NICE produces draft guidance on streamlining mental health care

Improved transitions between hospital and community is needed, says NICE

Published on 5th April 2016

The National Institute for Health and Clinical Excellence is seeking to streamline mental health care for people with mental ill health moving between hospital and community care.

Deputy Chief Executive of NICE Professor Gillian Leng warned that more than 1,000 people with mental health problems commit suicide every year sometimes just weeks after being discharged from hospital.

“We can help reduce this number by better communication, and more joint working, between hospital and community mental health teams,” said Professor Leng.

Draft guidance recommends a practitioner within the person’s home area is identified and becomes responsible for ensuring that there is sufficient support upon discharge from hospital. This would include assessing and recording the person’s risk of self-harming.

The proposal follows figures which shows that between 2003 and 2013 over 2,000 people committed suicide within the first 3 months after being discharged from hospital. In some circumstances people experiencing mental health problems have to be admitted to hospitals outside of the area they live in, away from their family and friends. This can result in feelings of isolation and may lead to fragmented support when they return home.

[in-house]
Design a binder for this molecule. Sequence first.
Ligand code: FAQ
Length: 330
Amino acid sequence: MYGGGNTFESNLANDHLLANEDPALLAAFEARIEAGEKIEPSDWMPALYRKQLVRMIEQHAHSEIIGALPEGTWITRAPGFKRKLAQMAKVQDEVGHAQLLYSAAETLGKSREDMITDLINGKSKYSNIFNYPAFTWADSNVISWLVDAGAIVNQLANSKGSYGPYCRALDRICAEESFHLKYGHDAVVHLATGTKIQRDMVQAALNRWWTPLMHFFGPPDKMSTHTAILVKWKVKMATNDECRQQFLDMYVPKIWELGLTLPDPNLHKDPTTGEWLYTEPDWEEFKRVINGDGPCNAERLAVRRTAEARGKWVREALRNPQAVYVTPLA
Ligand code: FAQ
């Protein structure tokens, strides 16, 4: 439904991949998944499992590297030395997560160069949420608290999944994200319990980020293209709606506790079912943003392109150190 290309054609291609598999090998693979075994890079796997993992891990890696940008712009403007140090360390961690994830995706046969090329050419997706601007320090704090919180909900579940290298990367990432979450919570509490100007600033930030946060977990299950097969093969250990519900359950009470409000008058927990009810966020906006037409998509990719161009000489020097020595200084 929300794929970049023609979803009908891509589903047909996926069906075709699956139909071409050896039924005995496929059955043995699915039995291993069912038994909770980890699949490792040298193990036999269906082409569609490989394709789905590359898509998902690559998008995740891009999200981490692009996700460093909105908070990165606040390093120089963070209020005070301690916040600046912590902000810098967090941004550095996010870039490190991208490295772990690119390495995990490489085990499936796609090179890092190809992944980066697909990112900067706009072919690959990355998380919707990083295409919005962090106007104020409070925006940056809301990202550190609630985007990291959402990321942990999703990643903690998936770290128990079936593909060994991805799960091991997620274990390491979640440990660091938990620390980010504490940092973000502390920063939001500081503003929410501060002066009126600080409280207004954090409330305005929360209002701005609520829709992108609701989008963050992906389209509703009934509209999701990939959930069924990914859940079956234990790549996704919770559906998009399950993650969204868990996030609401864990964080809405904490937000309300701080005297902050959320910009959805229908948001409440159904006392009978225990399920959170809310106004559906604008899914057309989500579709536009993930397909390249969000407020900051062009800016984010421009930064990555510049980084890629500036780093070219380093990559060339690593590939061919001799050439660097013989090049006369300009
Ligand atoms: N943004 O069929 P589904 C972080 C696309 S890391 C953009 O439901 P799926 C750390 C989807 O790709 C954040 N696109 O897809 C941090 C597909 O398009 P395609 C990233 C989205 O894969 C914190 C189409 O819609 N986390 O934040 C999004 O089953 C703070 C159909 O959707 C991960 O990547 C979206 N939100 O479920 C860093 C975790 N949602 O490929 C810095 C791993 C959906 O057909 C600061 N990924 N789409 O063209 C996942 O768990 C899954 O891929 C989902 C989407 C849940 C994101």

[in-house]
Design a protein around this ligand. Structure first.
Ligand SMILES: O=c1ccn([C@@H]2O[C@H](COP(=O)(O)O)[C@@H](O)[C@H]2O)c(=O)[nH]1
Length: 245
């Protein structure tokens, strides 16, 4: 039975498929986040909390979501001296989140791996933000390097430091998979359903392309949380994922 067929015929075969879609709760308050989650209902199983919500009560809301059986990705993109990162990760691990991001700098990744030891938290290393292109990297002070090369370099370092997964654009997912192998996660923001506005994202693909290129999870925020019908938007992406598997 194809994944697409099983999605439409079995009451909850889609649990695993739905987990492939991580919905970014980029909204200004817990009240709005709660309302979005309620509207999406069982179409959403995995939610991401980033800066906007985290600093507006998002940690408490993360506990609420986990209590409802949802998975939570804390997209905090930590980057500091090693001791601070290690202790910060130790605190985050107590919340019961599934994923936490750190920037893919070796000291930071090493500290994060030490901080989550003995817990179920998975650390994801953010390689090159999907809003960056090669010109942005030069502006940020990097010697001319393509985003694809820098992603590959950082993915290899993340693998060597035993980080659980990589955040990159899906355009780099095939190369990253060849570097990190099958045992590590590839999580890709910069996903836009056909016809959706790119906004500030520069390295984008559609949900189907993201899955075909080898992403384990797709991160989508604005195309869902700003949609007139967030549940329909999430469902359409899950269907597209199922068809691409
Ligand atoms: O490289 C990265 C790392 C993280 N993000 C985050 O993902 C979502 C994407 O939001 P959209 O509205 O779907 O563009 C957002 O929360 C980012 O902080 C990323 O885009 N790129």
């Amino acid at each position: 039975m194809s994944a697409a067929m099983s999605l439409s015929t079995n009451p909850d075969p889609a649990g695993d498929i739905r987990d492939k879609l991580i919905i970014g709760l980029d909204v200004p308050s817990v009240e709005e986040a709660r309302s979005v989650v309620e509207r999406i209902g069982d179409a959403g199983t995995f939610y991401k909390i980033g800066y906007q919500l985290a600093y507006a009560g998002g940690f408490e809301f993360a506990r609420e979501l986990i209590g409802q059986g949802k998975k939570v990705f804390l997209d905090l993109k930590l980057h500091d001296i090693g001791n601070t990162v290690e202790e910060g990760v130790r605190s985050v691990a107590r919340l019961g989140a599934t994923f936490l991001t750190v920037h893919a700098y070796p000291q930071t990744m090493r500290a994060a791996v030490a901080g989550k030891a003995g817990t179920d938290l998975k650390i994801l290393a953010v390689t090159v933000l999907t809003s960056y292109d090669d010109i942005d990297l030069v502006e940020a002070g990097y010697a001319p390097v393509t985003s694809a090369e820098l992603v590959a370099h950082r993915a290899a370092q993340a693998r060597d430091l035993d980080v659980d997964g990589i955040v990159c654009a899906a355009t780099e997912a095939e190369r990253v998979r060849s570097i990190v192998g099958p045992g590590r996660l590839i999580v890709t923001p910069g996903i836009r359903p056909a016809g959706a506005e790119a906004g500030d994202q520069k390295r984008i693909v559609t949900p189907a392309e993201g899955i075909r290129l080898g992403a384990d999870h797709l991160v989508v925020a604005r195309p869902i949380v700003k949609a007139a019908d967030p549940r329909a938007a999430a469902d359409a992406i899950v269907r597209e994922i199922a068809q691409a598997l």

Research has suggested that effective communication with the person’s family during the development of treatment plans could reduce suicide risk by 16%.

In recognition of this, draft recommendations highlight the benefit of keeping the person’s family, friends and carers properly informed.  NICE suggests that an identified member of the person’s medical team should be assigned to the family, providing them with timely updates on new admissions, the care being given and the practicalities around hospital visiting hours.

Nearly 2 million people sought help from mental health experts in England 2013/14. We must ensure they’re getting the care they need, when and where they need it.

Rebecca Harrington, an independent social care and health consultant and chair of the group that developed the guideline said: “Our aim is that people who need hospital treatment for their mental health needs are well supported before, during and after their time in hospital, so that they benefit from continuity of treatment and care, and avoid being isolated and stigmatised.”

Anyone with experience or expertise in this area is encouraged to submit their views. The consultation closes on 27 April 2016.

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